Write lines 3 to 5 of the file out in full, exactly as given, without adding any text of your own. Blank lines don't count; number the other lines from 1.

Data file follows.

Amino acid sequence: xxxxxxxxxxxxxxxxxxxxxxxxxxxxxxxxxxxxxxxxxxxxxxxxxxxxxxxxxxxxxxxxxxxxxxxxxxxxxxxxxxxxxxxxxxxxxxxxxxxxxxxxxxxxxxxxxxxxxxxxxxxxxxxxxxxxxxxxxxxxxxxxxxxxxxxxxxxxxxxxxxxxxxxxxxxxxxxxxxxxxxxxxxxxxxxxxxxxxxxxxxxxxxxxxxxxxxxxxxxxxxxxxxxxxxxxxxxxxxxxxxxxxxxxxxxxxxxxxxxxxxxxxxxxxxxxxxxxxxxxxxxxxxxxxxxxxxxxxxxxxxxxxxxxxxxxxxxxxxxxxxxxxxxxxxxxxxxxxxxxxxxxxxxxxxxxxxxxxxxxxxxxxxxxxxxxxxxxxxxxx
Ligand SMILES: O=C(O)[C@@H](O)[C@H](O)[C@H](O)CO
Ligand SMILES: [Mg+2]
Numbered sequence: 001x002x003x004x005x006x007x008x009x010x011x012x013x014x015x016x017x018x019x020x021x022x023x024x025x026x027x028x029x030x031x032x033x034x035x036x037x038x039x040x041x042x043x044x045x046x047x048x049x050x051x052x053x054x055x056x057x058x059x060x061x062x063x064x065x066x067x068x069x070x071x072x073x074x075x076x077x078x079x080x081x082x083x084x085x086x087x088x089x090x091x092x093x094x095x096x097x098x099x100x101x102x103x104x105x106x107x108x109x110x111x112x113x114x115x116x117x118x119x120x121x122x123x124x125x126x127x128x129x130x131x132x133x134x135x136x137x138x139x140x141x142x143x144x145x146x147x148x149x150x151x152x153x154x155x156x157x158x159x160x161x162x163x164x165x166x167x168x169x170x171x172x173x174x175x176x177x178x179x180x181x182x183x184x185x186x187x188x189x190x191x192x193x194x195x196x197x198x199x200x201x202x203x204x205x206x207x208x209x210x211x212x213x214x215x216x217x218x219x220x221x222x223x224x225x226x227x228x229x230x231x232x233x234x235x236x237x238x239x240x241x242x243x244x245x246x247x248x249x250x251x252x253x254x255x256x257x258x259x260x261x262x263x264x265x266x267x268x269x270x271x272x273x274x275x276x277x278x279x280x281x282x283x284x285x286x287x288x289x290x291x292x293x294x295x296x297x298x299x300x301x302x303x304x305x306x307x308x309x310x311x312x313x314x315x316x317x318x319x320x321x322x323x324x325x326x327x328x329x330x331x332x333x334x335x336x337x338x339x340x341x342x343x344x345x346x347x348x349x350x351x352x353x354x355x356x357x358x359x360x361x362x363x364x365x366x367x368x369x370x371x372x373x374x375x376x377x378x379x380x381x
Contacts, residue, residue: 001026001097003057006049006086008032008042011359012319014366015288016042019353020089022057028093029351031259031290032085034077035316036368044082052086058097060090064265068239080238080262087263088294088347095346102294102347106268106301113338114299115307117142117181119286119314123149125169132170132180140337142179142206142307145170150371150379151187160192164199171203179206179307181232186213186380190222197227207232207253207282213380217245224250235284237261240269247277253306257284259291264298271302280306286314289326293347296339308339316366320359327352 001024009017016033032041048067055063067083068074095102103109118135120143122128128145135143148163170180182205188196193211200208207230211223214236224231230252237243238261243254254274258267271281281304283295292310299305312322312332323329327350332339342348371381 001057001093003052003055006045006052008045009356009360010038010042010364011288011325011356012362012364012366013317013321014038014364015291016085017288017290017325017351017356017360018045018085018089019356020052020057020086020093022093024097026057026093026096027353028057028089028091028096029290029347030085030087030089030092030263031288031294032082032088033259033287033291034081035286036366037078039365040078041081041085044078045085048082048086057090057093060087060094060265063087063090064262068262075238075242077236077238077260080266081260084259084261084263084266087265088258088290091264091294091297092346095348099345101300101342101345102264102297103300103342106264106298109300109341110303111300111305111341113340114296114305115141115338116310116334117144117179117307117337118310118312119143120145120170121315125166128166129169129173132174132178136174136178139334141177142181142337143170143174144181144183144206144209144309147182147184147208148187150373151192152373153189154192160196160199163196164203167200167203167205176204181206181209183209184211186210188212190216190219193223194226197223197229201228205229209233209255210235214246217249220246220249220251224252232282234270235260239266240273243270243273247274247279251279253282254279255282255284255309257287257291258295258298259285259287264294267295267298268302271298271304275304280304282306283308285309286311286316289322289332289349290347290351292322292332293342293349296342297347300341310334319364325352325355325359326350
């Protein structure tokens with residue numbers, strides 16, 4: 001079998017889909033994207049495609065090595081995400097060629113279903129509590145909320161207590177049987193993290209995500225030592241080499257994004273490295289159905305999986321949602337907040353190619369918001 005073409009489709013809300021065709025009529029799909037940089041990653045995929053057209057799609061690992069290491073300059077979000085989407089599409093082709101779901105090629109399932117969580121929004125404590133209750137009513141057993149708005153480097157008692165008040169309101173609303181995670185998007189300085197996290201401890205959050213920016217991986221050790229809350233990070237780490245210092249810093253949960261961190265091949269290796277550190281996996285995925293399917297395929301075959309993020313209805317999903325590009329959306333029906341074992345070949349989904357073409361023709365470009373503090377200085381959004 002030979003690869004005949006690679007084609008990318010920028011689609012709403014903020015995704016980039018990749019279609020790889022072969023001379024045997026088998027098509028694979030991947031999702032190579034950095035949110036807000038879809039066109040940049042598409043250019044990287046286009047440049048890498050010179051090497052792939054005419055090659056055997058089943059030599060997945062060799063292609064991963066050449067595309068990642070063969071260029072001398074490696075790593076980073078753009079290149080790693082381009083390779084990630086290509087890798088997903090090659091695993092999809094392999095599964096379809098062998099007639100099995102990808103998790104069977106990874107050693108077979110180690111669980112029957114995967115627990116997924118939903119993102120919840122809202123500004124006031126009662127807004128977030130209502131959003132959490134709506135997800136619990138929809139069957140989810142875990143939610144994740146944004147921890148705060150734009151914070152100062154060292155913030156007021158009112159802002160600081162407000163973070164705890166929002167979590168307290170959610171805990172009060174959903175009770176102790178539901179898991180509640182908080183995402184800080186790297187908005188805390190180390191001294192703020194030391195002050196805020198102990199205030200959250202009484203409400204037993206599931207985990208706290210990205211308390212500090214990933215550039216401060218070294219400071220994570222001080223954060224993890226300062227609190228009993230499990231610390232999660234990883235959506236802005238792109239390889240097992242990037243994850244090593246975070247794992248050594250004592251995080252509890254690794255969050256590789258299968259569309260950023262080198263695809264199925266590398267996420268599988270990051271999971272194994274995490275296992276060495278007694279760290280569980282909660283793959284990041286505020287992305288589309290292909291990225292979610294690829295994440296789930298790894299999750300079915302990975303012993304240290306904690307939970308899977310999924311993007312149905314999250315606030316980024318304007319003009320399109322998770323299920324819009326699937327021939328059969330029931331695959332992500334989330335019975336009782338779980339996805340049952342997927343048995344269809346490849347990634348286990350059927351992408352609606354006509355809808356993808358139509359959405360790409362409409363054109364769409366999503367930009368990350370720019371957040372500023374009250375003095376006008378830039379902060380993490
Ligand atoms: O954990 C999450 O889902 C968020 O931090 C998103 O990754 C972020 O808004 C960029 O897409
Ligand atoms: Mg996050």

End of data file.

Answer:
Ligand SMILES: [Mg+2]
Numbered sequence: 001x002x003x004x005x006x007x008x009x010x011x012x013x014x015x016x017x018x019x020x021x022x023x024x025x026x027x028x029x030x031x032x033x034x035x036x037x038x039x040x041x042x043x044x045x046x047x048x049x050x051x052x053x054x055x056x057x058x059x060x061x062x063x064x065x066x067x068x069x070x071x072x073x074x075x076x077x078x079x080x081x082x083x084x085x086x087x088x089x090x091x092x093x094x095x096x097x098x099x100x101x102x103x104x105x106x107x108x109x110x111x112x113x114x115x116x117x118x119x120x121x122x123x124x125x126x127x128x129x130x131x132x133x134x135x136x137x138x139x140x141x142x143x144x145x146x147x148x149x150x151x152x153x154x155x156x157x158x159x160x161x162x163x164x165x166x167x168x169x170x171x172x173x174x175x176x177x178x179x180x181x182x183x184x185x186x187x188x189x190x191x192x193x194x195x196x197x198x199x200x201x202x203x204x205x206x207x208x209x210x211x212x213x214x215x216x217x218x219x220x221x222x223x224x225x226x227x228x229x230x231x232x233x234x235x236x237x238x239x240x241x242x243x244x245x246x247x248x249x250x251x252x253x254x255x256x257x258x259x260x261x262x263x264x265x266x267x268x269x270x271x272x273x274x275x276x277x278x279x280x281x282x283x284x285x286x287x288x289x290x291x292x293x294x295x296x297x298x299x300x301x302x303x304x305x306x307x308x309x310x311x312x313x314x315x316x317x318x319x320x321x322x323x324x325x326x327x328x329x330x331x332x333x334x335x336x337x338x339x340x341x342x343x344x345x346x347x348x349x350x351x352x353x354x355x356x357x358x359x360x361x362x363x364x365x366x367x368x369x370x371x372x373x374x375x376x377x378x379x380x381x
Contacts, residue, residue: 001026001097003057006049006086008032008042011359012319014366015288016042019353020089022057028093029351031259031290032085034077035316036368044082052086058097060090064265068239080238080262087263088294088347095346102294102347106268106301113338114299115307117142117181119286119314123149125169132170132180140337142179142206142307145170150371150379151187160192164199171203179206179307181232186213186380190222197227207232207253207282213380217245224250235284237261240269247277253306257284259291264298271302280306286314289326293347296339308339316366320359327352 001024009017016033032041048067055063067083068074095102103109118135120143122128128145135143148163170180182205188196193211200208207230211223214236224231230252237243238261243254254274258267271281281304283295292310299305312322312332323329327350332339342348371381 001057001093003052003055006045006052008045009356009360010038010042010364011288011325011356012362012364012366013317013321014038014364015291016085017288017290017325017351017356017360018045018085018089019356020052020057020086020093022093024097026057026093026096027353028057028089028091028096029290029347030085030087030089030092030263031288031294032082032088033259033287033291034081035286036366037078039365040078041081041085044078045085048082048086057090057093060087060094060265063087063090064262068262075238075242077236077238077260080266081260084259084261084263084266087265088258088290091264091294091297092346095348099345101300101342101345102264102297103300103342106264106298109300109341110303111300111305111341113340114296114305115141115338116310116334117144117179117307117337118310118312119143120145120170121315125166128166129169129173132174132178136174136178139334141177142181142337143170143174144181144183144206144209144309147182147184147208148187150373151192152373153189154192160196160199163196164203167200167203167205176204181206181209183209184211186210188212190216190219193223194226197223197229201228205229209233209255210235214246217249220246220249220251224252232282234270235260239266240273243270243273247274247279251279253282254279255282255284255309257287257291258295258298259285259287264294267295267298268302271298271304275304280304282306283308285309286311286316289322289332289349290347290351292322292332293342293349296342297347300341310334319364325352325355325359326350